I’ve seen a slew of bad publishing contracts lately, which makes this guest blog post by author Kfir Luzatto especially resonant for me. Turning down a publishing offer when you have one in hand is one of the toughest decisions you will ever have to make…but sometimes, if the publisher has a poor reputation or the contract terms are bad, it’s the wise thing to do.
Archive for the ‘Writer Beware’ Category
The following statement was sent by the Authors Guild to its members on Sunday. The Guild labels the proposed merger between Penguin and Random House (which would create the world’s largest publisher) “unsettling,” and urges “close scrutiny from antitrust officials at the Justice Department or the FTC.”
It’s right there in the logo of the Screenplay Replay Contest: the come-on.”Where Your Winning Script Gets a Publishing Deal.”
Posted by Victoria Strauss for Writer Beware
On Thursday, I blogged about high entry fee awards schemes. Today, I’m going to discuss another potential awards trap: non-optimal entry rules.
It’s Awards Week at Writer Beware! No, I’m not handing out prizes–I’m dispensing cautions. I’ve got two posts this week, both focusing on literary awards you may want to think twice about before entering.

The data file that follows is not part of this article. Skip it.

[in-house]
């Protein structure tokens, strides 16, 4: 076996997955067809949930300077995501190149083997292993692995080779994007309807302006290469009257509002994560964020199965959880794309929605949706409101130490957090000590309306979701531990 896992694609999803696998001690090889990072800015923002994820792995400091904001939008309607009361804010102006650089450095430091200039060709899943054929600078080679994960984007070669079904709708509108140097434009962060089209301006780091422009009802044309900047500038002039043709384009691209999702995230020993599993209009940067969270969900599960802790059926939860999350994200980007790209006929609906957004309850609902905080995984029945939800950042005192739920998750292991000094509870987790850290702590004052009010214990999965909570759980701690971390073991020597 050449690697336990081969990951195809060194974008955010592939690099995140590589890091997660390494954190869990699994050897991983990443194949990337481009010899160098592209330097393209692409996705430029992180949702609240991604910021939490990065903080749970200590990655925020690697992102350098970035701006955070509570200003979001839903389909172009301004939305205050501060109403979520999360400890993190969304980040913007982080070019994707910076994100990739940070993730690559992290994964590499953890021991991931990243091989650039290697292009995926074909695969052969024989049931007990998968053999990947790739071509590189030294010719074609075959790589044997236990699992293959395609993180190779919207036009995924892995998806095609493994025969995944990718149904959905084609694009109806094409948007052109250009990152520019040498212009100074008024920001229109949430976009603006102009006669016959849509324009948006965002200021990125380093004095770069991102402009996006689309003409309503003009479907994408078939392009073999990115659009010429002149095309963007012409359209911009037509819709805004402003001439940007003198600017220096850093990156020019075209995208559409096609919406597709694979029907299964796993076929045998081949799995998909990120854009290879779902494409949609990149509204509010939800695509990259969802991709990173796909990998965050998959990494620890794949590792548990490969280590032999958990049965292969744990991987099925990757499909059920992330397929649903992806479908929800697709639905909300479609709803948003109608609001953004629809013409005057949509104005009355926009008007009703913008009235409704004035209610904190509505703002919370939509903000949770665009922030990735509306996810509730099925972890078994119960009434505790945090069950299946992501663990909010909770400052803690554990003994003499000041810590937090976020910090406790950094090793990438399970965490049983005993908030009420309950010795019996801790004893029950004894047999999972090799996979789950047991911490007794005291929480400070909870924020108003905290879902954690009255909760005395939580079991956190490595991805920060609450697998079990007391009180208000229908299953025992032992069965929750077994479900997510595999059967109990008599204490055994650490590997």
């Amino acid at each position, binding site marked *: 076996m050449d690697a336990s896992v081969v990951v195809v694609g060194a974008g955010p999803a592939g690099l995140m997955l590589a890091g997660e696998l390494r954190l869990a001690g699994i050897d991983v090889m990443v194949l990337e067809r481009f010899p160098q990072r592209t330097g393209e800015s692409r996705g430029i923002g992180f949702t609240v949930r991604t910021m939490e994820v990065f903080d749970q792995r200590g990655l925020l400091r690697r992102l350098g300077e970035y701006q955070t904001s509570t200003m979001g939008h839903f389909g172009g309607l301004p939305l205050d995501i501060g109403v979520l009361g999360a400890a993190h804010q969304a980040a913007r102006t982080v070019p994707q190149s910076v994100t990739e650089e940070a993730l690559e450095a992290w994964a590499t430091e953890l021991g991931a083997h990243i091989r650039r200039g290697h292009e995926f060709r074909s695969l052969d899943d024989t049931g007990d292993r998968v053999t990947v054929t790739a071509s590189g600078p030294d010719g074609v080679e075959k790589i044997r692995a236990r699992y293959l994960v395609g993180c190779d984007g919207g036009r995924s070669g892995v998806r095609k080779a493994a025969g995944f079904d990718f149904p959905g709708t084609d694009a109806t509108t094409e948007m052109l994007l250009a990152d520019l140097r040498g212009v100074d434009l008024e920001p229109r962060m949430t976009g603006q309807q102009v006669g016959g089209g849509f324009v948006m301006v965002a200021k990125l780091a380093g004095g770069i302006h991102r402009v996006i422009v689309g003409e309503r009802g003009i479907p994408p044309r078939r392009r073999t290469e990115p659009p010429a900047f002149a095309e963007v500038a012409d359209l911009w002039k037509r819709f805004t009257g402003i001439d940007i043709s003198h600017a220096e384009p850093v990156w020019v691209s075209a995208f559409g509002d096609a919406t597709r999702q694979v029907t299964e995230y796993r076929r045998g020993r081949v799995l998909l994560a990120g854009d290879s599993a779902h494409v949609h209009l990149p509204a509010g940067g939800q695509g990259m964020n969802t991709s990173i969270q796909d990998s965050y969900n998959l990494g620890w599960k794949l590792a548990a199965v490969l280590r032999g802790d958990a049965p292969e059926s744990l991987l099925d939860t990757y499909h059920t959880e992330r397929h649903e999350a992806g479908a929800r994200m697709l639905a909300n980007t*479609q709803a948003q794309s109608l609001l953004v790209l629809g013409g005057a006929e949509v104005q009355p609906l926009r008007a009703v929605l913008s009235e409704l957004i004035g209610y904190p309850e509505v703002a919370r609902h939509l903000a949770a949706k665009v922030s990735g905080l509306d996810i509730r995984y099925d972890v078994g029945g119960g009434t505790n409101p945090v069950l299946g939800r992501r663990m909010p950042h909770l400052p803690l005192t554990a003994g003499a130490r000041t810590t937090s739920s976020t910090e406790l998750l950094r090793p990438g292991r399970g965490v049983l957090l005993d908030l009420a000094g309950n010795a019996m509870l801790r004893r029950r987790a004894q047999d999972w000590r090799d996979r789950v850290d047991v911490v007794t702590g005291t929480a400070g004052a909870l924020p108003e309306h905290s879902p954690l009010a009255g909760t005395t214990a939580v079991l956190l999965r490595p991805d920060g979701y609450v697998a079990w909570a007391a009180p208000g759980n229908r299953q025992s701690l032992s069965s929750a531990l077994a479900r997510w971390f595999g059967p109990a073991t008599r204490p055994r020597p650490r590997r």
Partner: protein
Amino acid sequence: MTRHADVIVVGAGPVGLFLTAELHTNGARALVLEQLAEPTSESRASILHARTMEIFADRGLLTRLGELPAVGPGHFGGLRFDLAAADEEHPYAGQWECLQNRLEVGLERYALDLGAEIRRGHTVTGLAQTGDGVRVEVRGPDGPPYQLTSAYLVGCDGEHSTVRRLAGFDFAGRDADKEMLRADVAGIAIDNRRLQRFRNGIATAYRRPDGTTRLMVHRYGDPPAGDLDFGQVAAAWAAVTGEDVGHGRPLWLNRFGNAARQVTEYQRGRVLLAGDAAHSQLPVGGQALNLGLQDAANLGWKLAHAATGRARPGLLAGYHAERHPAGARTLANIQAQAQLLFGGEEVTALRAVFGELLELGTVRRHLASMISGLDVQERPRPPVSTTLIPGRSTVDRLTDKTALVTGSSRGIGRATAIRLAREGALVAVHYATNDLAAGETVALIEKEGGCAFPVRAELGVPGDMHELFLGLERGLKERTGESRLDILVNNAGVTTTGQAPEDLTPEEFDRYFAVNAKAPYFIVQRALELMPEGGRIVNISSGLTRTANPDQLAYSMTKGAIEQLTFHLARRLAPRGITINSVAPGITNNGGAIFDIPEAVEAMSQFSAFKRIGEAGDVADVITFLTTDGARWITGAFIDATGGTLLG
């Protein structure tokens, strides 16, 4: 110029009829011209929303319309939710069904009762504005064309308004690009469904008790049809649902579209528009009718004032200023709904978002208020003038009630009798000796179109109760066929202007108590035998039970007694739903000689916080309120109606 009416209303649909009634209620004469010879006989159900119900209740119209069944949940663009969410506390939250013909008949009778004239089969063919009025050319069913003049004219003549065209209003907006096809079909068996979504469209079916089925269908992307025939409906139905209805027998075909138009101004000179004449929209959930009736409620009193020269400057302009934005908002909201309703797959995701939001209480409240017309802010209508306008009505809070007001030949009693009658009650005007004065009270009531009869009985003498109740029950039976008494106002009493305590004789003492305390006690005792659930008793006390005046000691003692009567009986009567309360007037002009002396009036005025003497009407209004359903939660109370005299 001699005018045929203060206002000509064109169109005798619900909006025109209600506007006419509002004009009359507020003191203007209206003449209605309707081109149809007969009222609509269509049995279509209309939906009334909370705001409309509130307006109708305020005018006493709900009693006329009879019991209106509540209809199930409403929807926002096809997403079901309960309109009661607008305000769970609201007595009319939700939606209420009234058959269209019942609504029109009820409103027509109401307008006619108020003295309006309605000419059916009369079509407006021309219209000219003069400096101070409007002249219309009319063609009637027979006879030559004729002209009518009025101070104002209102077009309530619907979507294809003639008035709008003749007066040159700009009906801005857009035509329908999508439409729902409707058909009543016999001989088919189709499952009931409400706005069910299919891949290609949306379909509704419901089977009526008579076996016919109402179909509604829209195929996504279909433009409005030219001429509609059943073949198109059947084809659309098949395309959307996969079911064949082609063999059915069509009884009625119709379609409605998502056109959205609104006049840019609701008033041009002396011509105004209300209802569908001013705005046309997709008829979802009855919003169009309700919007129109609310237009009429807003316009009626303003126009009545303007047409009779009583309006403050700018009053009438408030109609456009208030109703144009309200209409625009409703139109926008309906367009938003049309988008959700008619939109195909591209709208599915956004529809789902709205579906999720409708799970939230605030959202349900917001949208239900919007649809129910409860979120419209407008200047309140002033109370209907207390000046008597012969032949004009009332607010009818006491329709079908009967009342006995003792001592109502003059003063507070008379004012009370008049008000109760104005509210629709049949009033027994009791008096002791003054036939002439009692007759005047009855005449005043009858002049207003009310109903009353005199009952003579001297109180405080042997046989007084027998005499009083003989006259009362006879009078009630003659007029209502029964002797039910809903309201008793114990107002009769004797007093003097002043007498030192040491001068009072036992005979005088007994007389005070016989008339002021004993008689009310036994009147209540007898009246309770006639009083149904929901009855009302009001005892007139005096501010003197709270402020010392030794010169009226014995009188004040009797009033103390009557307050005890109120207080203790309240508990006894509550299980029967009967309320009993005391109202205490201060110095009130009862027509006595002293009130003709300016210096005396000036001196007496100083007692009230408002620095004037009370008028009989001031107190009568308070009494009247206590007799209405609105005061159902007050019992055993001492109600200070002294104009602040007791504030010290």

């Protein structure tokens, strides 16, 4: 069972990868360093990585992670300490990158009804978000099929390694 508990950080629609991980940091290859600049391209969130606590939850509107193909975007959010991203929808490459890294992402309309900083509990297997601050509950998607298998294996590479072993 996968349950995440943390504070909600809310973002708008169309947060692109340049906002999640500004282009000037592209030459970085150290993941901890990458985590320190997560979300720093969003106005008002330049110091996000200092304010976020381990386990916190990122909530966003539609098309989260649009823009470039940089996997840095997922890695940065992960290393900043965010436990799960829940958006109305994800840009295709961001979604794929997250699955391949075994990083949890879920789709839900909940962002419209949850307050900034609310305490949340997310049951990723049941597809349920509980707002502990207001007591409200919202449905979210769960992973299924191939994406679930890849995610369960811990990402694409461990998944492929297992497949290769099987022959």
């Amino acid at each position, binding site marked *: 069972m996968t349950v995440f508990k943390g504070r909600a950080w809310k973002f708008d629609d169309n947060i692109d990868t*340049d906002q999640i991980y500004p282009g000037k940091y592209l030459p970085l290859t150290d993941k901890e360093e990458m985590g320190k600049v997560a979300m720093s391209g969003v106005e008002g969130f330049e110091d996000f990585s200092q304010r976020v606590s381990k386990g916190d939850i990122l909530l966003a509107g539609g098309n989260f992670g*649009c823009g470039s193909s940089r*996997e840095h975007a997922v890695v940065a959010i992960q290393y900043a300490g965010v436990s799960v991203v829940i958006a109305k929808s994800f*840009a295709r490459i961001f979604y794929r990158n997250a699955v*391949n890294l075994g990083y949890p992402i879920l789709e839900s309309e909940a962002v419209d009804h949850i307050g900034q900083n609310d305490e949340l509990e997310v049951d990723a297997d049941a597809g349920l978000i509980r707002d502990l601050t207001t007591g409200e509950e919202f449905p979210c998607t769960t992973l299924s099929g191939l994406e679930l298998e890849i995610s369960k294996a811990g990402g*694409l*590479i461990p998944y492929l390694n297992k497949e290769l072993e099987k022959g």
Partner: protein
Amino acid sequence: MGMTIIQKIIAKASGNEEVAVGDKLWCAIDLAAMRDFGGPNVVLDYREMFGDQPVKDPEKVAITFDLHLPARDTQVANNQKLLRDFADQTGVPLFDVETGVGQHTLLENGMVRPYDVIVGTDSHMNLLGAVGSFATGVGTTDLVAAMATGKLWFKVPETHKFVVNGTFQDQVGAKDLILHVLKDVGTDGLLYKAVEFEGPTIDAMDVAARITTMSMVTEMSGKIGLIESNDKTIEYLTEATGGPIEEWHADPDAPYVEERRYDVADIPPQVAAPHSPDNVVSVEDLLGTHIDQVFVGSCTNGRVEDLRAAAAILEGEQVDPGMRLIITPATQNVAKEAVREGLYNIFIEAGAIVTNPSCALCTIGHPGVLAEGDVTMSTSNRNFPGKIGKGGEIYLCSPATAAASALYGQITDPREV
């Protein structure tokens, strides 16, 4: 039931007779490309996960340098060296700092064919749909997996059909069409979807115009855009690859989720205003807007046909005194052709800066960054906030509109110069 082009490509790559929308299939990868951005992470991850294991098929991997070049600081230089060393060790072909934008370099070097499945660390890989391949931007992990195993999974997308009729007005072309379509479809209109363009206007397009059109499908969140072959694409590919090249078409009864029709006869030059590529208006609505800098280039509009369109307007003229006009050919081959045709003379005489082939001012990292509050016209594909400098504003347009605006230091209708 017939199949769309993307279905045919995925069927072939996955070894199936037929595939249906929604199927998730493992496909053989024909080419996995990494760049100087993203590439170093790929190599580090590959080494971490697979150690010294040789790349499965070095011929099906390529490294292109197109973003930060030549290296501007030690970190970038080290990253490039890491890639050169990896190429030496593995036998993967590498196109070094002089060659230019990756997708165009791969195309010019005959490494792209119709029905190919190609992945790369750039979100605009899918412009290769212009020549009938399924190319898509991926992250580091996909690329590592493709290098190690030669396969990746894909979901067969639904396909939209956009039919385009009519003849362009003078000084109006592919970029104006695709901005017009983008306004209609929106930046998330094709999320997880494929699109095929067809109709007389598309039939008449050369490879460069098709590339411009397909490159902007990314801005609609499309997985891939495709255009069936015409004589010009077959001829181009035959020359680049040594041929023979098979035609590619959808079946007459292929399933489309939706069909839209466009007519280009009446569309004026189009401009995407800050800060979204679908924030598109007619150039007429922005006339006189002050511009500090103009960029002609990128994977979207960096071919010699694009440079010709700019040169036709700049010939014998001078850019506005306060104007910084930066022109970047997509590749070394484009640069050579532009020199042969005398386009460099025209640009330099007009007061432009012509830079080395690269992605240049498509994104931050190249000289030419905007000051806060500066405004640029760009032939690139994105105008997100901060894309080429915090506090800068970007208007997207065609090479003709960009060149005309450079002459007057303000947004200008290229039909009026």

Query letters. Except for the synopsis, there’s no more dreaded task a writer has to undertake.
How to boil an entire book down to a short pitch that not only provides an accurate snapshot of the work, but makes a literary agent (or a publisher) want to see more?
On the heels of several publishers’ secret settlement deal with Google in the long-running Google Books lawsuit, a judge has made a major ruling in another lawsuit over book scanning.
Seven years ago, the Authors Guild and several major publishers (including McGraw Hill, Penguin, and John Wiley) filed suit against Google for its unauthorized scanning of in-copyright books.
On June 11 of this year, a class action lawsuit was filed against PublishAmerica by a Baltimore, MD law firm, in association with high-profile litigators Hagens Berman Sobol Shapiro.
Among other things, the complaint alleged that PA makes money off its authors while billing itself as a traditional publisher, requires authors to pay for “usual and customary marketing that any reputable publisher would do as a matter of course,” offers “services that are not reasonably designed to promote book sales,” and “duped” the three plaintiffs in the lawsuit with, among other things, “bogus services” and books “riddled with errors.”
Actually, I’m on staycation, but I’ll be cutting way back on the Web stuff for the next two weeks. I’ll be back the week of September 24.